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Young Authors and Artists Collaborate on Humanitarian Project


Curriculum CenterParents at a Washington state elementary school organized a Share a Story student enrichment project that promoted the literacy and humanitarian goals of the school. The students shipped more than 1,000 books to schools in the South Pacific. Among the books were 115 the students had written themselves! What they got in return was a lot of satisfaction --and a big surprise!

At the end of May, more than 1,000 books were delivered to needy children in the South Pacific. Some were new; some were "gently used." Most special of all, however, were the 115 books that the students of Endeavour Elementary School in Issaquah, Washington, wrote and illustrated!

"The biggest benefit of this project was showing the students at Endeavour that they could be authors, illustrators, and humanitarians" said Karen Price, a member of the school's PTSA and co-chairperson of the school-wide Share a Story project. "I think that was one of our big goals, to let children know that no matter their age, they can make a difference in someone else's life."

Price and Lisa Clark, another parent, came up with the project idea in September 1999 after attending a PTSA meeting. At that meeting, a video was shown about a project in which another school, in connection with Dr. Sherwin Shinn, a local dentist and humanitarian, made quilts for Bolivian orphans. Clark, who is a patient of Dr. Shinn's, went to him to inquire about other humanitarian efforts in which he was involved. He told her about the schoolchildren in the Cook Islands, who needed books.

With a population of approximately 20,000, the Cook Islands are a cluster of small islands located in the South Pacific. Together, they constitute a self-governing state in free association with New Zealand. Shinn had been in contact with some of the islands' poorer schools, which were badly in need of books of all kinds. This gave Price and Clark the idea of combining Endeavor's PTSA programs for student enrichment into one large project that would that would benefit both Endeavor's students and the children in the Cook Islands.


According to Price, Endeavour's principal, Barbara Walton, was instrumental in getting the support of the teaching staff. Each class was responsible for writing anywhere from one to eight books. Altogether, the 32 classes at Endeavour created 115 books, covering a wide range of topics, including poetry, legends, and short stories. The kindergarteners helped with ABC and number books.

By January 2000, the teachers began turning in their texts to Price, who did most of the typing for the project. After inputting the stories and formatting them with Microsoft Publisher 2000, she printed them and turned them over to Clark. Clark then took the printed pages back into the classrooms for the children to illustrate. A local bookbinder volunteered his services, asking only to cover his own costs. By the end of March, all the books were completed and bound. Throughout the project, numerous photographs were taken of students as they wrote and illustrated their books.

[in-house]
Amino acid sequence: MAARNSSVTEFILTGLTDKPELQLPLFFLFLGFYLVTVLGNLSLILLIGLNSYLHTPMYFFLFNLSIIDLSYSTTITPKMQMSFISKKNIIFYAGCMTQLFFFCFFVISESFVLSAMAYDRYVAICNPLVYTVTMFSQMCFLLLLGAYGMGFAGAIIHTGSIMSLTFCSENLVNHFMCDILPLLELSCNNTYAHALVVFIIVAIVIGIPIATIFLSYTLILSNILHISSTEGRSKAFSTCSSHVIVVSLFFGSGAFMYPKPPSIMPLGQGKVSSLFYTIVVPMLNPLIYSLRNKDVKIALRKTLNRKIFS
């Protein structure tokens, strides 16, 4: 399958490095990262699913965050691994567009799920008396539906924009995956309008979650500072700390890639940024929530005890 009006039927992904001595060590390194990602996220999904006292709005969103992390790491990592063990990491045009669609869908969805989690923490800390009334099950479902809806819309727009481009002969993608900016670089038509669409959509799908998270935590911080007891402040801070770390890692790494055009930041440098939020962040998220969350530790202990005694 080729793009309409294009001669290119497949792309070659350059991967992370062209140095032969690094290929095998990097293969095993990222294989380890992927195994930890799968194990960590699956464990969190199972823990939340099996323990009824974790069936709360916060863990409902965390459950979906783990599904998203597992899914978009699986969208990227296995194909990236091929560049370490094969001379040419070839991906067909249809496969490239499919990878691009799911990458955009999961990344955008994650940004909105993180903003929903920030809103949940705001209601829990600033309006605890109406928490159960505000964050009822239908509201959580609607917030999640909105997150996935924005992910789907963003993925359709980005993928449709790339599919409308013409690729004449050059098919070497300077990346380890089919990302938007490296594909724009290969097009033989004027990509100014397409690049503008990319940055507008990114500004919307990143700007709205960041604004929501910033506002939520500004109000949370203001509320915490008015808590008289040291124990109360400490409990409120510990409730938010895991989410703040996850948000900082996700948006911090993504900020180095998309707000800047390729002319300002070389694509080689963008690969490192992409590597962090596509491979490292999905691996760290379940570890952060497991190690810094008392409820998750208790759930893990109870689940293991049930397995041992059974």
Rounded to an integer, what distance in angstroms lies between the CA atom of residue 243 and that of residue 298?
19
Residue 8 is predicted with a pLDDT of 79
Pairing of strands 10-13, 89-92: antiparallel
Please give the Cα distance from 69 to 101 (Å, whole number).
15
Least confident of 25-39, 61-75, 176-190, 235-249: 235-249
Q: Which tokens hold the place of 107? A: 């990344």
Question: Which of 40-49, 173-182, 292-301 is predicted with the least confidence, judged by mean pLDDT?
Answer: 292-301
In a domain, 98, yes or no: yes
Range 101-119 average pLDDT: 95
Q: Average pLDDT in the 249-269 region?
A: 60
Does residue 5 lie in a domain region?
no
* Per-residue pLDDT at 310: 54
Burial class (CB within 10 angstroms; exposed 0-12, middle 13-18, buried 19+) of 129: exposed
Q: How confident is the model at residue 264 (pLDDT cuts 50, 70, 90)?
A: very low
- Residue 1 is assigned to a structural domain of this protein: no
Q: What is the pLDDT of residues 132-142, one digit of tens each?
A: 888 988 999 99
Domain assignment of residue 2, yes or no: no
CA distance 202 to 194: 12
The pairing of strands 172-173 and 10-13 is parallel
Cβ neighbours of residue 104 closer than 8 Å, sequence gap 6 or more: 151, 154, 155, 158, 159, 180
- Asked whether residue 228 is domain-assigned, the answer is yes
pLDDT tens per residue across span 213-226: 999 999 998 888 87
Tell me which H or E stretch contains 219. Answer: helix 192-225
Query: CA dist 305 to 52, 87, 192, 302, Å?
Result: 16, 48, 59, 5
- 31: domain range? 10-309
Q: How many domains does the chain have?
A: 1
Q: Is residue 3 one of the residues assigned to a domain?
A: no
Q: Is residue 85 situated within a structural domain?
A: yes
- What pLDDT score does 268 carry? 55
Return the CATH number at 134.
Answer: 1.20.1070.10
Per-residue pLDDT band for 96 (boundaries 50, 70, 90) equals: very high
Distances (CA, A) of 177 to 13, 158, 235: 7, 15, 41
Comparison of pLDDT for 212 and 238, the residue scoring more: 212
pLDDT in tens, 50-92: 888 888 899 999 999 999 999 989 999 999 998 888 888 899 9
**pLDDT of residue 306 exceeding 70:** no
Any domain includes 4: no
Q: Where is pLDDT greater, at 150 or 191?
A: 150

In addition to the student-produced books, a book drive brought in more than 1,000 new or slightly used books.

On April 7, all the books were presented to Shinn at a school-wide assembly. The bound, student-created books were taken back to the classrooms so the authors and their teachers could see the final products. The books were then displayed for the parents at Fine Arts Night, in May. According to Price, "We have had parents want to get copies of the books to keep, but we try to tell them that defeats the purpose of this project --to do something you are proud of and to give it to someone else to enjoy."


When Shinn returned from the Cook Islands in June, he brought back photographs and thank-you notes from the schoolchildren there. Among those notes was one from Esther, age 13: "When I read your book there was a good story in [sic] and a very nice picture. Thank you for writing this story to us."

Click here to read one of the many thank-you notes written by students in the Cook Islands.

"Receiving the thank-you notes and the photographs really meant a lot to the teachers and to the kids" said Price. The nicest thank-you, however, was the group of hand-drawn, hand-printed books the Cook Island children created for the children of Endeavor Elementary School. "I think we were deeply touched that we inspired them to write stories about themselves to send to us. This truly exemplifies the goal of our project, to Share a Story and have others do the same."

Lauren P. Gattilia
Education World®
Copyright © 2001 Education World


Updated 11/5/2001